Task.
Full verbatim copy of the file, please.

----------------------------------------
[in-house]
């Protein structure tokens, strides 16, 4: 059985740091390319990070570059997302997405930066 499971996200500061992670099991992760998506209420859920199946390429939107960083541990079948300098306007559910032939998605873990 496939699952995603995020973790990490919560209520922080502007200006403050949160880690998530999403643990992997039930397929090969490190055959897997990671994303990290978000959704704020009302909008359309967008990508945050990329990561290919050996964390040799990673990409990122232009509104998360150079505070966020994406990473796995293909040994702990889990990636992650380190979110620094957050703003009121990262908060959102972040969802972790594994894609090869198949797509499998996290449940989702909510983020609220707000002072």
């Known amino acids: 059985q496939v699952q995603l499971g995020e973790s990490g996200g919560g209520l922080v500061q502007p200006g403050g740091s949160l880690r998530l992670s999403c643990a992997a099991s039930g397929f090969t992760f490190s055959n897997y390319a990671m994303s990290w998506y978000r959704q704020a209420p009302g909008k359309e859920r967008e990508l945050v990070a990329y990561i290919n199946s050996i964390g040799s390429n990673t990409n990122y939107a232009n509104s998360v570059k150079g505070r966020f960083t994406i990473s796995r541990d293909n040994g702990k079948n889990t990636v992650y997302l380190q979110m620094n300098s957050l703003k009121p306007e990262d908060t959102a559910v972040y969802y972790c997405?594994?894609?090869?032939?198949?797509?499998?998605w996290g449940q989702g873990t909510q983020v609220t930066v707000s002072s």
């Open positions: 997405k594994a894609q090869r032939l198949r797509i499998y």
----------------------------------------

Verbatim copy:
[in-house]
């Protein structure tokens, strides 16, 4: 059985740091390319990070570059997302997405930066 499971996200500061992670099991992760998506209420859920199946390429939107960083541990079948300098306007559910032939998605873990 496939699952995603995020973790990490919560209520922080502007200006403050949160880690998530999403643990992997039930397929090969490190055959897997990671994303990290978000959704704020009302909008359309967008990508945050990329990561290919050996964390040799990673990409990122232009509104998360150079505070966020994406990473796995293909040994702990889990990636992650380190979110620094957050703003009121990262908060959102972040969802972790594994894609090869198949797509499998996290449940989702909510983020609220707000002072």
């Known amino acids: 059985q496939v699952q995603l499971g995020e973790s990490g996200g919560g209520l922080v500061q502007p200006g403050g740091s949160l880690r998530l992670s999403c643990a992997a099991s039930g397929f090969t992760f490190s055959n897997y390319a990671m994303s990290w998506y978000r959704q704020a209420p009302g909008k359309e859920r967008e990508l945050v990070a990329y990561i290919n199946s050996i964390g040799s390429n990673t990409n990122y939107a232009n509104s998360v570059k150079g505070r966020f960083t994406i990473s796995r541990d293909n040994g702990k079948n889990t990636v992650y997302l380190q979110m620094n300098s957050l703003k009121p306007e990262d908060t959102a559910v972040y969802y972790c997405?594994?894609?090869?032939?198949?797509?499998?998605w996290g449940q989702g873990t909510q983020v609220t930066v707000s002072s």
């Open positions: 997405k594994a894609q090869r032939l198949r797509i499998y």